I’m sitting here doing my best to not make use of an apt and pithy movie quote on the subject of opinions… it’s hard. So instead, I’ll sit on it (har har), and share some opinions of interest:
Otherwise occupied: What price revolution?
This piece is pretty well rounded, and overall supportive of the movement while decrying the startling violence that has accompanied peaceful protesting, and reporting on said protesting.
Where I stand on the Occupy movement
While mainly supportive, Mr. Ebert shows his age by querying as to why it is taken so far as actual occupation. I don’t blame him in the slightest – the older we get, the more conservative and careful we become by dint of survival mechanism (if indeed we are secure enough for such a luxury). I do concede that if, IF occupation were the only way to be active in the movement that it would indeed be discriminatory to families and children… but it’s not. Anyone who goes to just about any camp, whether it be full or part time, is just as valid as the next person there. It is emphatically a populist movement, and all you have to do to be a part of it is to declare yourself as such – spread the word, make a few calls, donate some food – it all counts. I do also agree that people should emphatically remember to exercise their right and privilege to vote. I consider it a duty, and one that I am proud to do.
An Open Message to Police, TSA & Military: Take a Stand, the Time is Now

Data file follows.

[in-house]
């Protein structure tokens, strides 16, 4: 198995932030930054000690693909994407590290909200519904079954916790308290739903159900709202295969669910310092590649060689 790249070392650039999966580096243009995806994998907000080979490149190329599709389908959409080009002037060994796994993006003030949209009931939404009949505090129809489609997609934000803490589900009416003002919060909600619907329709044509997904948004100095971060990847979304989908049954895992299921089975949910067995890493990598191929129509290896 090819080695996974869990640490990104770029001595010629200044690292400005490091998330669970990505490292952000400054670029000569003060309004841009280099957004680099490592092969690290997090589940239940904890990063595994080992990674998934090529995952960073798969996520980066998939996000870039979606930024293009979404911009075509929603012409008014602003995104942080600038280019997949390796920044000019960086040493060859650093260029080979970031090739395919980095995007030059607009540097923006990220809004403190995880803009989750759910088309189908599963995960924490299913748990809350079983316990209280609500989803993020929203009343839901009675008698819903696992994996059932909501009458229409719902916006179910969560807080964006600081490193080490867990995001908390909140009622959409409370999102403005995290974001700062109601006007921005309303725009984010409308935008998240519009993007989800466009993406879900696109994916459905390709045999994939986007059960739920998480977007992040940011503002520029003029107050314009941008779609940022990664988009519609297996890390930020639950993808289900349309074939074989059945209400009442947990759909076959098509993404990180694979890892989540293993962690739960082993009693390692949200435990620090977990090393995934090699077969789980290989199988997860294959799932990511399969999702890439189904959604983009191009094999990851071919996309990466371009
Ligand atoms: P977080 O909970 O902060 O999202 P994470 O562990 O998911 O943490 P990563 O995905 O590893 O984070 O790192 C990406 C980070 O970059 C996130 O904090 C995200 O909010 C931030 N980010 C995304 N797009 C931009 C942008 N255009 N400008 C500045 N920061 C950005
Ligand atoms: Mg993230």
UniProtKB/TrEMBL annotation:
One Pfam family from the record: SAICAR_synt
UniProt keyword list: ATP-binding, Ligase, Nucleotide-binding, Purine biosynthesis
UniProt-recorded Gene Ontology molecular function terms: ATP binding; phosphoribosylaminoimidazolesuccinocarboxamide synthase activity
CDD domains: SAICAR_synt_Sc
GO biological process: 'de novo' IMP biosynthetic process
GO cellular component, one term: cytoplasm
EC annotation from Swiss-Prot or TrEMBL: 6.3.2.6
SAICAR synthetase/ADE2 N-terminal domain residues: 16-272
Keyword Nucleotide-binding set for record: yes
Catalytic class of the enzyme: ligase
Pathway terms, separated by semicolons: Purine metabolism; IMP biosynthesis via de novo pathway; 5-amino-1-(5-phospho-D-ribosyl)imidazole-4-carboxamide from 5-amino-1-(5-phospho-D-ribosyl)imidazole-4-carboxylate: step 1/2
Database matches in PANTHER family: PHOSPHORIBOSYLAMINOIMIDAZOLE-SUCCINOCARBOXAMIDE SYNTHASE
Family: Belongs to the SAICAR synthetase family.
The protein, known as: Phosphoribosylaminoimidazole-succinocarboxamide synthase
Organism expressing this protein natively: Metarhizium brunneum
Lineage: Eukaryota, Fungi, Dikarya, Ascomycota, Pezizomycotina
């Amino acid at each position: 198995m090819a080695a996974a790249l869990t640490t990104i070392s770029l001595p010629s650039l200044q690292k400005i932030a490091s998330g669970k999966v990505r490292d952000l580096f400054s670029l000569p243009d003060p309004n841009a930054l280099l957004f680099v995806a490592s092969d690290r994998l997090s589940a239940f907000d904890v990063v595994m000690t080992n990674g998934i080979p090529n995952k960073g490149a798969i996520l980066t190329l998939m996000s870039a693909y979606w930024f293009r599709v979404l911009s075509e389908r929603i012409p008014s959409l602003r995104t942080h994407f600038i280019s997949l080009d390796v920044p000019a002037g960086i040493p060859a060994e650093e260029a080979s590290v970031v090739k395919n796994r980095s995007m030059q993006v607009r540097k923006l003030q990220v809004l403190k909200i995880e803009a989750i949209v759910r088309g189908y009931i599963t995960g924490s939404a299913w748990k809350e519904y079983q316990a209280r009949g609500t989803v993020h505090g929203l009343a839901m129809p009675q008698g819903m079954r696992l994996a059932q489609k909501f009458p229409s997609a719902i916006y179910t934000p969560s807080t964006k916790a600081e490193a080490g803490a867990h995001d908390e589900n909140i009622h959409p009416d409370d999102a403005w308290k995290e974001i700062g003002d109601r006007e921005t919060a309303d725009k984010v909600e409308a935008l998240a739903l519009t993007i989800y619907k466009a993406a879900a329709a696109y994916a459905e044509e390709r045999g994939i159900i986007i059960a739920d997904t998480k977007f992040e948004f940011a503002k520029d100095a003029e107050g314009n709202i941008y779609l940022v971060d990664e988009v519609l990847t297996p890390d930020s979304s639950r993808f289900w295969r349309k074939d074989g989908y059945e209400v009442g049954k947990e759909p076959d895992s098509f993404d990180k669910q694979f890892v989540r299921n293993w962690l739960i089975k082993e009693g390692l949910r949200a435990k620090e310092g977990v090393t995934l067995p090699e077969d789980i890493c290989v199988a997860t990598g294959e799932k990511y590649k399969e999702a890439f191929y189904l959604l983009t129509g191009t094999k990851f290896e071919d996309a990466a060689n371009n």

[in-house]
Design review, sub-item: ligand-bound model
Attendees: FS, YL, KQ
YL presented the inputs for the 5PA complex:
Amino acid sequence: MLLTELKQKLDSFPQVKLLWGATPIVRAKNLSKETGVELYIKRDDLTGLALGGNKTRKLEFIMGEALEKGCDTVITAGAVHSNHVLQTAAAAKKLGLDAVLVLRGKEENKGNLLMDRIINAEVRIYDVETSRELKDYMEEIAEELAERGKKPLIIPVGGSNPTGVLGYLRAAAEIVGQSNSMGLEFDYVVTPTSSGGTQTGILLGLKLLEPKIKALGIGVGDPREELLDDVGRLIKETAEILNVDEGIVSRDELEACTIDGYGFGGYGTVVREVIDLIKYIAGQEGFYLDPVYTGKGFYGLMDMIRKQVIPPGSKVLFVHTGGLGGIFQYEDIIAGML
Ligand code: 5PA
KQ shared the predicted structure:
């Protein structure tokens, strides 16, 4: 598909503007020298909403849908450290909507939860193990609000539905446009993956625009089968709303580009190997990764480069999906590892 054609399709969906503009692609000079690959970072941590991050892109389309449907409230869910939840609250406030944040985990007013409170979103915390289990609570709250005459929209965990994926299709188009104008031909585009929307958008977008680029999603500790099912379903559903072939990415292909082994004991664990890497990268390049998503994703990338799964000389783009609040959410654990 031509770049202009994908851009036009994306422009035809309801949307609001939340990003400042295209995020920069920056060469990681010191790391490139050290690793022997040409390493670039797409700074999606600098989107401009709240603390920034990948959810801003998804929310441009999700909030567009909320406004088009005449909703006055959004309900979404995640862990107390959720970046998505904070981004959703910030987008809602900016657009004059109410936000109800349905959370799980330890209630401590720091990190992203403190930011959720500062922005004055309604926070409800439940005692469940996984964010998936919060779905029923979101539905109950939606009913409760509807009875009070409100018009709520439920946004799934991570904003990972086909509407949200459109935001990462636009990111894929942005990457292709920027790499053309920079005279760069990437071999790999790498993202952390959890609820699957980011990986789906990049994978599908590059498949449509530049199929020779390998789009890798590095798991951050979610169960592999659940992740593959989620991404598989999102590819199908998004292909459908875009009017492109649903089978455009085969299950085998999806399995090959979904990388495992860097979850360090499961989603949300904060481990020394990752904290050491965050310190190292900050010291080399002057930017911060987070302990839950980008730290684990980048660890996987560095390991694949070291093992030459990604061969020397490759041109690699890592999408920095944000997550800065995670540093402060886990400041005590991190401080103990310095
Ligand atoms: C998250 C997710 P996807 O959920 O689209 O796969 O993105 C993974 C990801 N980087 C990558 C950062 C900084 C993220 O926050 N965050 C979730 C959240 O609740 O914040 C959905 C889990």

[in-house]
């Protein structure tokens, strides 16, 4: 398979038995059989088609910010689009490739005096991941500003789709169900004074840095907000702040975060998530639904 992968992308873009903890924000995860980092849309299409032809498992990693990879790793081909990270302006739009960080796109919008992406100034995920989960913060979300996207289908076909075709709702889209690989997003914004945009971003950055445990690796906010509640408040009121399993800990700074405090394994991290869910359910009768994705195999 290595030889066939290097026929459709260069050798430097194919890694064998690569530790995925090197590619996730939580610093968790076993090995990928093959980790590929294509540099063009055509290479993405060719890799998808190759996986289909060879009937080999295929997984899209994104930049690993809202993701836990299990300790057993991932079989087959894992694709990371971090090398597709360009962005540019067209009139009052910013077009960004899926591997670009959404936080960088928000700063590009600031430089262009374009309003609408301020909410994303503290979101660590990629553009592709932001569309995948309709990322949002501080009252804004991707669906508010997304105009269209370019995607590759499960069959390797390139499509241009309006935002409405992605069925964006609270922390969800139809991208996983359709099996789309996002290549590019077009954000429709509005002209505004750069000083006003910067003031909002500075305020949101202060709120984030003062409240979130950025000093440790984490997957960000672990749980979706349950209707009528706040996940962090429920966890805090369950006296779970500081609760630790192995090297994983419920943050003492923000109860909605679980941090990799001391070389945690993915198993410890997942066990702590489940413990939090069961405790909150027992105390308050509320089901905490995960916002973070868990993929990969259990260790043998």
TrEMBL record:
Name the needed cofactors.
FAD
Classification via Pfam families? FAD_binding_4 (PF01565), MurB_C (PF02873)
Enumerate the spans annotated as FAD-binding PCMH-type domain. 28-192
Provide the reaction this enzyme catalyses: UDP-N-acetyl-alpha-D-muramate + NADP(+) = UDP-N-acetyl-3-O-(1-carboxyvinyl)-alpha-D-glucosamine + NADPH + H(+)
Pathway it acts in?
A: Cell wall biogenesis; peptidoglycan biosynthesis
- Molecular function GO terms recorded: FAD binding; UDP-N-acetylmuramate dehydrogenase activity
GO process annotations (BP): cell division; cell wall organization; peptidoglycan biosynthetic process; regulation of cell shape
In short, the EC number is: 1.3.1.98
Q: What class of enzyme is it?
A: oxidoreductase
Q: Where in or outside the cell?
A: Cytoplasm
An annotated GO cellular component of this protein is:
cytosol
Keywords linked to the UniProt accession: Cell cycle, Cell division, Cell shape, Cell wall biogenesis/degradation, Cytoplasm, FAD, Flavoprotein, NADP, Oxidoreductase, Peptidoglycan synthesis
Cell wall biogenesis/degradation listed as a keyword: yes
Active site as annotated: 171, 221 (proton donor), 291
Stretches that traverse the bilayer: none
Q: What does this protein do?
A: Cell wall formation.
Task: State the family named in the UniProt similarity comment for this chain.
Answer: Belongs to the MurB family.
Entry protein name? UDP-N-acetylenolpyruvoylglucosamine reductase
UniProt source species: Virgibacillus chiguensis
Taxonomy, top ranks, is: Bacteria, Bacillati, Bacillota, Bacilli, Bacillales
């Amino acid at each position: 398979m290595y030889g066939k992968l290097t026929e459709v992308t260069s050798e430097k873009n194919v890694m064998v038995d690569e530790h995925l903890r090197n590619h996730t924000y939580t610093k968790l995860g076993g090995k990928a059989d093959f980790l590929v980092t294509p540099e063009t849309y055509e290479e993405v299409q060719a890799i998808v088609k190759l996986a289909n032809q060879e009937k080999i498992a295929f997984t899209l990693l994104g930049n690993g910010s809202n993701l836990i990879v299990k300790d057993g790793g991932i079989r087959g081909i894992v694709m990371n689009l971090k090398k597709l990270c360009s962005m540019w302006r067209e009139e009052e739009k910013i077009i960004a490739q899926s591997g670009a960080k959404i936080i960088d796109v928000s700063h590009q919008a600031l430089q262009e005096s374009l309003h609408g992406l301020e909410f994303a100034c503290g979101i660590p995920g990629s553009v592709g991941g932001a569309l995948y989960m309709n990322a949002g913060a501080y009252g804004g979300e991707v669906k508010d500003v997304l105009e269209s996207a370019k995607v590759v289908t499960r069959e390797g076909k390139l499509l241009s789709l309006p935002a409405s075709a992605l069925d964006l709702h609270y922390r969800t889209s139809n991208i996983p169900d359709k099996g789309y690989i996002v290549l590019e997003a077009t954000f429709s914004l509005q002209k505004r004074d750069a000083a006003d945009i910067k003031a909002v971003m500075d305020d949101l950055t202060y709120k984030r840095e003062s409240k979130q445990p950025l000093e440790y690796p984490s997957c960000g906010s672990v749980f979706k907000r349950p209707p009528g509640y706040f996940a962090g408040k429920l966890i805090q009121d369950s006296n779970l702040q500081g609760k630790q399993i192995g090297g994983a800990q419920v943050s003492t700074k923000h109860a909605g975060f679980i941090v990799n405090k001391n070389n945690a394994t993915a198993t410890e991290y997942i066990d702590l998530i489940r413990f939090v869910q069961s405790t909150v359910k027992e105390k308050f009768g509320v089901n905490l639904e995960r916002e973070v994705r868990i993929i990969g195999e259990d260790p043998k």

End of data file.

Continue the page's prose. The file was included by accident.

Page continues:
This one is fairly obvious – it is a plea to those in positions of authority (police, armed forces, etc) to remember that they are also a part of the 99%, and to remember what defending their country really means. This resonates strongly with me – as a veteran, it breaks my heart to see children joining up with the TSA who actually believe that their job protects America. No sweet child, your job is to intimidate and scare Americans, to violate them, so that they’re too frightened to ask questions and call their government to accountability. You especially are helping American Exceptionalism, a vile concept that operates best in a vacuum. And if you start charging people more to come visit with a guaranteed hand-job for their troubles, is it no wonder that people don’t want to come to that prison once known as the Land of the Free and the Home of the Brave? Home of the Cowed it is now, but the Occupy movement proves it doesn’t have to be that way.
Finally, I wanted to end on a little piece out of Los Angeles:
My Occupy LA Arrest, by Patrick Meighan
I appreciate that Mr. Meighan clarifies his relative treatment to explain that he didn’t feel he was especially picked on, and that he empathises with the police. They are, after all, doing the job they think they’re supposed to be doing (if not the job they should be doing in reality). And I also appreciate that he takes a moment to point out who the real crooks are… I do look forward to the day we see them appropriate prosecuted. It won’t fix the problems in America and the world at large, but it might serve as a deterrent.
Have a good Friday!